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House Of Cards Season 1, Episode 5 Recap: A BBQ And A Meltdown

All of the relationships onmove forward to varying degrees: Frank and Zoe take it, Claire and Adam dance on the edge of danger and Frank and Peter test each other's limits. Master manipulator Frank always manages to come out on top, at least for now.

Contains spoilers -- do not read unless you've seen House Of Cards Season 1, Episode 5

I'm not sure why I'm so repulsed by the Frank/Zoe sexual rendezous. It could be that, in "real" life, Kevin Spacey is so asexual. Or it could be that, so far, House Of Cards hasn't really set these two up for that kind of relationship. Either way, blech. It kind of soothes me, just a little, to learn that it's strictly a business arrangement. When Frank returns home, Claire seems to know immediately that he's slept with Zoe, and she asks, point-blank, "What's in it for us?" Everything this pair does is calculated. It also helps us understand why Claire turned down Adam in the hotel: that affair is based on emotion, and is thus dangerous to her marriage, her professional life, and Frank's entire political career.

So it's very interesting to see Claire fight against her strong feelings for Adam. To give credit to Robin Wright's amazing portrayal, you can literally see the jealousy in her eyes when she realizes Frank has slept with Zoe -- not because she's possessive of Frank, but because she wishes she could sleep with Adam.

Up-and-coming Zoe, now unemployed, is being pursued by the likes of MSNBC and ABC, but opts to go for a job at Slugline (a.k.a. Politico), where online journalists write articles in beanbags and come and go as they please. Washington Herald editor-in-chief Tom Hammerschmidt, who fired Zoe in a rage, goes on a tirade about the "new" journalism, saying things like Twitter and the internet are fads. His tirade serves as his resignation, and he's finished. This black-and-white depiction of old and new journalism isn't too far from the truth, but it's just so dichotomous. If every old-school journalist who believed these things about new media were fired, methinks there would be no newspapers printed at all.

Next, we're introduced to a new character, Marty Spinella, who's an education lobbyist and union supporter (geez, these political folks all look the same, don't they? I have trouble telling a lot of them apart). He's vehemently against Frank, obviously, over his stance on collective bargaining. This all ties in with Claire's gala -- she still won't have enough proceeds from the fete unless she takes Remy's offer (which she hesitatingly refused in episode 4). Because of Frank, the union won't let Claire into the planned hotel venue for the gala, and they stage protests outside to try to mar the event.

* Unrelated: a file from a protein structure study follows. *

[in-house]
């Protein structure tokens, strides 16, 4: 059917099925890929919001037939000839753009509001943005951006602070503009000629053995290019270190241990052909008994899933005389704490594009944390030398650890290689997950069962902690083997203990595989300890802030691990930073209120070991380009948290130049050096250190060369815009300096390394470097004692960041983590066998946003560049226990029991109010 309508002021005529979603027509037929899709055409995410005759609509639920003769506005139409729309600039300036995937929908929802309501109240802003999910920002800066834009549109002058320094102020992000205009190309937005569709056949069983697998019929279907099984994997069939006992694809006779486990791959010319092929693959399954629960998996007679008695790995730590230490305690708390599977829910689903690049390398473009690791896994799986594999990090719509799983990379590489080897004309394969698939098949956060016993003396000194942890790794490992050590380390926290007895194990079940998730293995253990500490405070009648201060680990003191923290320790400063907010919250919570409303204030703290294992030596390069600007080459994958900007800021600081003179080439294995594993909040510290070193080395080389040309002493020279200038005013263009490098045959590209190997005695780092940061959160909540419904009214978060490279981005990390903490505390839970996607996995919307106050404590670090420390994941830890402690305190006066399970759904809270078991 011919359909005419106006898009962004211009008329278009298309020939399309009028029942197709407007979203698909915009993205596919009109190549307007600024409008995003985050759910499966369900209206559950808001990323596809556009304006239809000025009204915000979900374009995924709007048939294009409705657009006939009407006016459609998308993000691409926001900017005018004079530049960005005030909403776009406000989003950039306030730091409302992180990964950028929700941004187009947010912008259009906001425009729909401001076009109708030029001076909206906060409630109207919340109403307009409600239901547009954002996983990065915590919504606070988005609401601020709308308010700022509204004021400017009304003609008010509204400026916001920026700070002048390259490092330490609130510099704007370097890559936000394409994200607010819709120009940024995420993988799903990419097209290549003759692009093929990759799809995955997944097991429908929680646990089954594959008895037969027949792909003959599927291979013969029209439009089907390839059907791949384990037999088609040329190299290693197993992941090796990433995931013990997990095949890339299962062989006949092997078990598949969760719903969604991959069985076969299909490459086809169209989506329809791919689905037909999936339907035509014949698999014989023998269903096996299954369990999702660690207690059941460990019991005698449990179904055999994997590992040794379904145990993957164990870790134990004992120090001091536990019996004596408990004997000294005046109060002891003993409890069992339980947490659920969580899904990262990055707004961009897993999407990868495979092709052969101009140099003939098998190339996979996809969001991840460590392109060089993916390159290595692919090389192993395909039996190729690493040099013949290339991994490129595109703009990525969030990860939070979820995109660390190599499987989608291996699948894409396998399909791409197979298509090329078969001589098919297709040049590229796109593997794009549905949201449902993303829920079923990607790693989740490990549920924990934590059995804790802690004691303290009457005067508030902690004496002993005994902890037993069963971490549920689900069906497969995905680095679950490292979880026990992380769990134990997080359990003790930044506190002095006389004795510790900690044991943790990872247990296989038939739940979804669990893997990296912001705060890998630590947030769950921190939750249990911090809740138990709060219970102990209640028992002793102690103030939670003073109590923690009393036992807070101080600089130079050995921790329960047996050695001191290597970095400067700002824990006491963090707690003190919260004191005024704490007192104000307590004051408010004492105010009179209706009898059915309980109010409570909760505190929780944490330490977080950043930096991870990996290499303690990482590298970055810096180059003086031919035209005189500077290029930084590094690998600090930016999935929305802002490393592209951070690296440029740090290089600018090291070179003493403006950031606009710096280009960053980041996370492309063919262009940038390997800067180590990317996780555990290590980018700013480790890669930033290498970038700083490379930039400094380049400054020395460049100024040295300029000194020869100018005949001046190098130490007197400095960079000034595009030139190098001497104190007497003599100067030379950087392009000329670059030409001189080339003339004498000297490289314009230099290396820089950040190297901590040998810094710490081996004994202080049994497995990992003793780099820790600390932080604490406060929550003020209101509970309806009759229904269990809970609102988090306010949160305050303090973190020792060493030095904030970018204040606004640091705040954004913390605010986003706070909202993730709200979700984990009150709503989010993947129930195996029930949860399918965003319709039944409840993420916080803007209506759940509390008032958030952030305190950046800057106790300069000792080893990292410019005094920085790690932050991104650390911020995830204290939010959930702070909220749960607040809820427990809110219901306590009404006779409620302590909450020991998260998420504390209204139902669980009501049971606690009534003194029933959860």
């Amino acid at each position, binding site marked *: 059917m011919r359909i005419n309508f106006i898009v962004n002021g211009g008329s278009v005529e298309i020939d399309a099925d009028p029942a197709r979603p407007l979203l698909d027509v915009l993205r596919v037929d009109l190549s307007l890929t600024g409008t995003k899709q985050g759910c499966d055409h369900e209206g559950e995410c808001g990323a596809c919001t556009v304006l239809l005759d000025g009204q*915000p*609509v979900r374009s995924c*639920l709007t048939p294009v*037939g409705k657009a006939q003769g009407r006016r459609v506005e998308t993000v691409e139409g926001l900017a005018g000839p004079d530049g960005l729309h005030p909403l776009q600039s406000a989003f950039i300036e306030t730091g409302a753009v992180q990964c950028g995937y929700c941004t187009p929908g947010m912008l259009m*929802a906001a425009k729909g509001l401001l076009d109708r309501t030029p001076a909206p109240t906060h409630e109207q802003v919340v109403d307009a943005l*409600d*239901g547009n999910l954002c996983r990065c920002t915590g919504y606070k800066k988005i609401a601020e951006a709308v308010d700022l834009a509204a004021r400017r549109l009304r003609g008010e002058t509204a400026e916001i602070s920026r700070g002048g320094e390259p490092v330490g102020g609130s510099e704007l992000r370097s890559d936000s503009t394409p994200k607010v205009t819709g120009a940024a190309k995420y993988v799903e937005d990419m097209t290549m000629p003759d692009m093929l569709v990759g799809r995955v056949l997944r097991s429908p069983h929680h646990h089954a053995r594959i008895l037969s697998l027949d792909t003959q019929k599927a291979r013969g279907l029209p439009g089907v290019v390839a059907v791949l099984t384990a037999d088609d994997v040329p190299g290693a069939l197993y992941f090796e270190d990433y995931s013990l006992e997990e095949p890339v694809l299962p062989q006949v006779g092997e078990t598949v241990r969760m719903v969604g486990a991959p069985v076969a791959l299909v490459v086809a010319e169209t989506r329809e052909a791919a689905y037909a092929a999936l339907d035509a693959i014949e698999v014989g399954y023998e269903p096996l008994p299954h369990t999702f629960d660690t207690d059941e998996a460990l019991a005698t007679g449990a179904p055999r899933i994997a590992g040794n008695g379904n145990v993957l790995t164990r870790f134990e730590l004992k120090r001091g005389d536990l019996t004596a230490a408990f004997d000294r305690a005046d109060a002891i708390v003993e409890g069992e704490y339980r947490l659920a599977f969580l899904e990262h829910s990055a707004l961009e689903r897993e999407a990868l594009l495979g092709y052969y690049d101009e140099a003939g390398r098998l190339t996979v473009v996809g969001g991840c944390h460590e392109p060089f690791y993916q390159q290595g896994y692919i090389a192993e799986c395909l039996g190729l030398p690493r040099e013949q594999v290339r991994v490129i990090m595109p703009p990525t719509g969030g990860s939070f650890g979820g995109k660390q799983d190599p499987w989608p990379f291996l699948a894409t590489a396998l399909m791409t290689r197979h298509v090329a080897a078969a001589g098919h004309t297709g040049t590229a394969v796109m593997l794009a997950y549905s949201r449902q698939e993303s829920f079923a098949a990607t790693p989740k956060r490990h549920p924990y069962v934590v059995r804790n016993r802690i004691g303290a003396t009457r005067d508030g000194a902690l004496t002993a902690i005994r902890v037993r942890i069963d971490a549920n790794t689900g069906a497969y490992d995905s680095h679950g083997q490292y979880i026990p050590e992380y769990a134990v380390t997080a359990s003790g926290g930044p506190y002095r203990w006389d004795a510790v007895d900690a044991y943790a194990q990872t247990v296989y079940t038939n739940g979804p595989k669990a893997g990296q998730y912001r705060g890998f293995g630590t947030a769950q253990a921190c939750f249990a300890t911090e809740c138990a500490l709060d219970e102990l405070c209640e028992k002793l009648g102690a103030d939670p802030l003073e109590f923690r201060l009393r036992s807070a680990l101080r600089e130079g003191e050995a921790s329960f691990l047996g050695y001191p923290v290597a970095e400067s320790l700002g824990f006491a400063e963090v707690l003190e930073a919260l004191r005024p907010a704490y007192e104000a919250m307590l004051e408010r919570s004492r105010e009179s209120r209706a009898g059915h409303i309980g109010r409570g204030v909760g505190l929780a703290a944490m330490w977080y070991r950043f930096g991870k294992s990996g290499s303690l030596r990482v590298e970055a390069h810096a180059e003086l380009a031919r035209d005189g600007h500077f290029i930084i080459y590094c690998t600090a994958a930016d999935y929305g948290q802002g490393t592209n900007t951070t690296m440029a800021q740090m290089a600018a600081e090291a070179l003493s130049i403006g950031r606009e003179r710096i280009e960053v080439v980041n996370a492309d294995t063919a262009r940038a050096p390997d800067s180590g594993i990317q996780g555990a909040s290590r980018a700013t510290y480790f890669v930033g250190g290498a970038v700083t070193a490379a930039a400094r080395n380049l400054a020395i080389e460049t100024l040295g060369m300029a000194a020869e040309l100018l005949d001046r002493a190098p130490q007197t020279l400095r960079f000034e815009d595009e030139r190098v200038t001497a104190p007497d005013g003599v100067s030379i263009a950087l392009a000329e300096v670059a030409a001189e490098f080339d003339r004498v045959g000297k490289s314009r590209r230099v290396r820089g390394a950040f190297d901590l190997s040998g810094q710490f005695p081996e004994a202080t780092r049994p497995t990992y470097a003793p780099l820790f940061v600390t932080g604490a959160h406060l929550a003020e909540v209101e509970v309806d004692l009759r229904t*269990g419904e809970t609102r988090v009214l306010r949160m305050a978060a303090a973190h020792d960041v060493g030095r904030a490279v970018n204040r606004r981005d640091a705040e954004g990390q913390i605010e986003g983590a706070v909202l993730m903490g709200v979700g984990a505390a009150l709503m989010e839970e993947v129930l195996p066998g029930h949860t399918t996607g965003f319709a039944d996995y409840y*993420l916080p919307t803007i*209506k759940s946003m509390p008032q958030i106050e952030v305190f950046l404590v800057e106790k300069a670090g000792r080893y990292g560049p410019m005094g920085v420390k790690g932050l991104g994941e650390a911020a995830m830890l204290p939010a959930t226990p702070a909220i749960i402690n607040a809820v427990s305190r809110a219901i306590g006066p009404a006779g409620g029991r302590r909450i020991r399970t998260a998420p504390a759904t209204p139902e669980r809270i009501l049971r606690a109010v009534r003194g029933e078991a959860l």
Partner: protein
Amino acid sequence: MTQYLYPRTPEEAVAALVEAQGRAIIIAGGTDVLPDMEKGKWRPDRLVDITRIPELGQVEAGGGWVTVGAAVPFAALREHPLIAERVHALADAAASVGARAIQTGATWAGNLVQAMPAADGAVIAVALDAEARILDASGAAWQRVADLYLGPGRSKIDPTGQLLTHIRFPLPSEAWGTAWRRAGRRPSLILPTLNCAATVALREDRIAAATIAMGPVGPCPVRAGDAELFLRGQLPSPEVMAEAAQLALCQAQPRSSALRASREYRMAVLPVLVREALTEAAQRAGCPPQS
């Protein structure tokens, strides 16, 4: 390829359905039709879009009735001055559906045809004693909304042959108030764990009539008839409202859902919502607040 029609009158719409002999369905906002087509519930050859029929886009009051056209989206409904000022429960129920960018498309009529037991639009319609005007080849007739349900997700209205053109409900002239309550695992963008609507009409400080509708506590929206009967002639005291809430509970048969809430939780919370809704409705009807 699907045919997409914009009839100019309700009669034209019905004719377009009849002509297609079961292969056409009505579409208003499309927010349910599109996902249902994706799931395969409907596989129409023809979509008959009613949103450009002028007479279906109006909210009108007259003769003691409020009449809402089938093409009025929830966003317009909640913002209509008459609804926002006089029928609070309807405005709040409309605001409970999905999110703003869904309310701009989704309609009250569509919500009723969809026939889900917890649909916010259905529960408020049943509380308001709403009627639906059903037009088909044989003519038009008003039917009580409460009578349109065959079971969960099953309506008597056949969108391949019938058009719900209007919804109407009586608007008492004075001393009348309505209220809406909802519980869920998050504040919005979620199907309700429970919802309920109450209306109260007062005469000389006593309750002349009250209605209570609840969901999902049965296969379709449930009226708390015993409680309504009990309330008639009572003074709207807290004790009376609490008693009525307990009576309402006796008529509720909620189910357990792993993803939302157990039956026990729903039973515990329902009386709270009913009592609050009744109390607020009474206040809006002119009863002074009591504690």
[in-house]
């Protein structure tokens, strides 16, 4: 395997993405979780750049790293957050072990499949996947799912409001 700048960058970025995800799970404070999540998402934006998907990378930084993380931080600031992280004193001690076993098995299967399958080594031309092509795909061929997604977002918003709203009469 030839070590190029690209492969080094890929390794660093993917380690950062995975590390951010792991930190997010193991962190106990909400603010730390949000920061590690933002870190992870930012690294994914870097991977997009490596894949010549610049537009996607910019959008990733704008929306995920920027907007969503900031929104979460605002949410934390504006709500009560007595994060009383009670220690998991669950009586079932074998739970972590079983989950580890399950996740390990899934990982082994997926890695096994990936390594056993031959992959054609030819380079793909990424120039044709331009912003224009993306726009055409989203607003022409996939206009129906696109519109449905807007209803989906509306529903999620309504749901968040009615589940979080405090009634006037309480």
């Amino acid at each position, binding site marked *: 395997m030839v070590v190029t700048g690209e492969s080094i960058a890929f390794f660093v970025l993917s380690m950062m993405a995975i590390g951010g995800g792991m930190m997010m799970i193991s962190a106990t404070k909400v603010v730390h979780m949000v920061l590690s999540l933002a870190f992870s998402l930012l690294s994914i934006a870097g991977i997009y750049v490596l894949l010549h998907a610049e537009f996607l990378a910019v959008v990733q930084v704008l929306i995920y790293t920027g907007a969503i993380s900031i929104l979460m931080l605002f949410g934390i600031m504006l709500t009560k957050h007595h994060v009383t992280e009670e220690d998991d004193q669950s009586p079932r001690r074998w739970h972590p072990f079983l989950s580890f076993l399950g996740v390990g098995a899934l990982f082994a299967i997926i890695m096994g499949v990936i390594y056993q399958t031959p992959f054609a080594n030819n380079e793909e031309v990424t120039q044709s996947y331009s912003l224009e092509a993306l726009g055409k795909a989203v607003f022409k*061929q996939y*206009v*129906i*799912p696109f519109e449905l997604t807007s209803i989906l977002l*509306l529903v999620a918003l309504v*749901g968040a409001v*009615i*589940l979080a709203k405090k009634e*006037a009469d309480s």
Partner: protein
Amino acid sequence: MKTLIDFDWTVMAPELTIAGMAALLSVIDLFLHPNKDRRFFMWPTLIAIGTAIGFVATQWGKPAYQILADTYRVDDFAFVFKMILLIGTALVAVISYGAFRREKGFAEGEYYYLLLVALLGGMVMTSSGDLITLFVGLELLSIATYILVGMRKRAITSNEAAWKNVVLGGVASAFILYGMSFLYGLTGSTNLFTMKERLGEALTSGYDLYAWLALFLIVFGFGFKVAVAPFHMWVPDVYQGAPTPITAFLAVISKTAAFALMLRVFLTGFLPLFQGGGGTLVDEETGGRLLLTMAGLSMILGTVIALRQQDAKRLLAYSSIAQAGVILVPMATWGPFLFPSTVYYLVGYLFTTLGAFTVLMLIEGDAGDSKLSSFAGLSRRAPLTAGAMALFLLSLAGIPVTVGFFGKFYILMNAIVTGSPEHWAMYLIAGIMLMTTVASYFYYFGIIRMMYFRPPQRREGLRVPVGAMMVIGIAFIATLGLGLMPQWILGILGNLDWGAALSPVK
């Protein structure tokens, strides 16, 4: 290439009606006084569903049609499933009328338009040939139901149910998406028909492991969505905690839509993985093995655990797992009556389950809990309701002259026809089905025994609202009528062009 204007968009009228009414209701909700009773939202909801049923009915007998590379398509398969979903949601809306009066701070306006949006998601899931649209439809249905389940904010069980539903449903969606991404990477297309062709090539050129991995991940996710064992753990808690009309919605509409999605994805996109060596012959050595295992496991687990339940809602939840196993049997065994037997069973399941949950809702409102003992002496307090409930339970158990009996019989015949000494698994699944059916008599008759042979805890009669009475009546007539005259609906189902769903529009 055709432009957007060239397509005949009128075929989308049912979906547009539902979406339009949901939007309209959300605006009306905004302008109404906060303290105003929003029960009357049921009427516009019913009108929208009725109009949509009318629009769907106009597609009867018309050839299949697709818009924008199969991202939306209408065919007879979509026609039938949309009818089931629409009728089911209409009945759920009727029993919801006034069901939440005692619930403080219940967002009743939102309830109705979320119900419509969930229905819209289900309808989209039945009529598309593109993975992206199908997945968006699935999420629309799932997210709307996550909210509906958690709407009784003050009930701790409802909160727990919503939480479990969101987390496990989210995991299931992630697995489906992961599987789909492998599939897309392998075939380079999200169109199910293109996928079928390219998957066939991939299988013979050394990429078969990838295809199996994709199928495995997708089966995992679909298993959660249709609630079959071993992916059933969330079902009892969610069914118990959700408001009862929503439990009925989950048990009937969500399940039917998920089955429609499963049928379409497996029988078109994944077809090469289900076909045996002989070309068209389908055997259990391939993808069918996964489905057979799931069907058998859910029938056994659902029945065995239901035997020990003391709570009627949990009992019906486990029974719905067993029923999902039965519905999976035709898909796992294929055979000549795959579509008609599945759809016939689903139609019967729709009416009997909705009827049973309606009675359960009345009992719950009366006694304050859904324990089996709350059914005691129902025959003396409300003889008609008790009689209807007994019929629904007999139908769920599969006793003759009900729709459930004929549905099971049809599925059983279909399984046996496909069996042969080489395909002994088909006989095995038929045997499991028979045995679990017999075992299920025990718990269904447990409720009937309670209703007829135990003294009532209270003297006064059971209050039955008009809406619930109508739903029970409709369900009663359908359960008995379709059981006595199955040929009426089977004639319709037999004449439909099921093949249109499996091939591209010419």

Ever the thinker, Claire decides to throw the party in front of the hotel. Things get into full swing and the party is a major hit, even though, realistically, this could never happen. I mean, hello by-laws, safety measures and fire codes! Frank calls in his old pal Freddy to supply the BBQ (another unrealistic thing -- at a fancy black-tie gala you serve messy ribs? Not likely). Frank also invites Zoe to be the only journalist in the gala; all other reporters are resigned to the outside, asking pathetic questions to reluctant protesters. Claire invites Adam as well. On the surface, it appears that she only wants money from him, but we all know that she secretly wants to see him. Nothing ensues aside from bountiful flirtation, but this relationship is the equivalent of a bubbling volcano. It's only a matter of time before it explodes.

On the Peter side of the story, things are looking a lot more dire. Even though Frank has it in mind that he run for governor of Pennsylvania, Peter has just been dumped, he's just closed the shipyard, and he's addicted to drugs, alcohol and hookers. He gets pushed over the edge by several angry emails (from fired shipyard workers and their families), and heads over to Frank's house in a drunken stupor to confront him.

Frank, master manipulator, somehow takes a completely intoxicated and violent man and turns him into a snivelling wimp, cowering naked in a bathtub. Frank gives him a lecture to end all lectures, and then places a razor blade on the rim of the tub. Peter's choices: suicide or sobriety? Frank promises him a run at governor if he sobers and shapes up.

The seed is planted. But will it grow? With the amount of bullshit Frank uses as fertilizer, I'm betting that yes, it will.

Best Frank Quote: "Friends make the worst enemies."

You can stream House Of Cards at any time on Netflix.

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